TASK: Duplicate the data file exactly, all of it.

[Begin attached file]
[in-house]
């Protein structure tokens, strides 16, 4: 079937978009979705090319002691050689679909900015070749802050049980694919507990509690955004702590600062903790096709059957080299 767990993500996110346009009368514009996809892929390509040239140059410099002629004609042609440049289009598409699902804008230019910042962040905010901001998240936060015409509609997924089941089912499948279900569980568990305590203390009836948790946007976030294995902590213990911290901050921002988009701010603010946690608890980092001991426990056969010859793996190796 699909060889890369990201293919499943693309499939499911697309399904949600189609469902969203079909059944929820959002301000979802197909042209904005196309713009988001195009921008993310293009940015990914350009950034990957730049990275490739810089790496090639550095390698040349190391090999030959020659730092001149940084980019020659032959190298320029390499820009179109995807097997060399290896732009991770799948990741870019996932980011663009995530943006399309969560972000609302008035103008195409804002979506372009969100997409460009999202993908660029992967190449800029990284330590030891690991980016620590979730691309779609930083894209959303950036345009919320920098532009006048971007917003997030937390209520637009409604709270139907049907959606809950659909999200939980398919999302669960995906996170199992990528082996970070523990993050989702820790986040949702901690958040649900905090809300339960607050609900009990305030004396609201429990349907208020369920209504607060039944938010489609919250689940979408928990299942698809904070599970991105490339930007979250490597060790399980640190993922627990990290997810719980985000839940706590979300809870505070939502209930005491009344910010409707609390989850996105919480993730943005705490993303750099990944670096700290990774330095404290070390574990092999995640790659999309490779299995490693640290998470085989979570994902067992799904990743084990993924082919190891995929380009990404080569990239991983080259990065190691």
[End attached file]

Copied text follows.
[in-house]
């Protein structure tokens, strides 16, 4: 079937978009979705090319002691050689679909900015070749802050049980694919507990509690955004702590600062903790096709059957080299 767990993500996110346009009368514009996809892929390509040239140059410099002629004609042609440049289009598409699902804008230019910042962040905010901001998240936060015409509609997924089941089912499948279900569980568990305590203390009836948790946007976030294995902590213990911290901050921002988009701010603010946690608890980092001991426990056969010859793996190796 699909060889890369990201293919499943693309499939499911697309399904949600189609469902969203079909059944929820959002301000979802197909042209904005196309713009988001195009921008993310293009940015990914350009950034990957730049990275490739810089790496090639550095390698040349190391090999030959020659730092001149940084980019020659032959190298320029390499820009179109995807097997060399290896732009991770799948990741870019996932980011663009995530943006399309969560972000609302008035103008195409804002979506372009969100997409460009999202993908660029992967190449800029990284330590030891690991980016620590979730691309779609930083894209959303950036345009919320920098532009006048971007917003997030937390209520637009409604709270139907049907959606809950659909999200939980398919999302669960995906996170199992990528082996970070523990993050989702820790986040949702901690958040649900905090809300339960607050609900009990305030004396609201429990349907208020369920209504607060039944938010489609919250689940979408928990299942698809904070599970991105490339930007979250490597060790399980640190993922627990990290997810719980985000839940706590979300809870505070939502209930005491009344910010409707609390989850996105919480993730943005705490993303750099990944670096700290990774330095404290070390574990092999995640790659999309490779299995490693640290998470085989979570994902067992799904990743084990993924082919190891995929380009990404080569990239991983080259990065190691």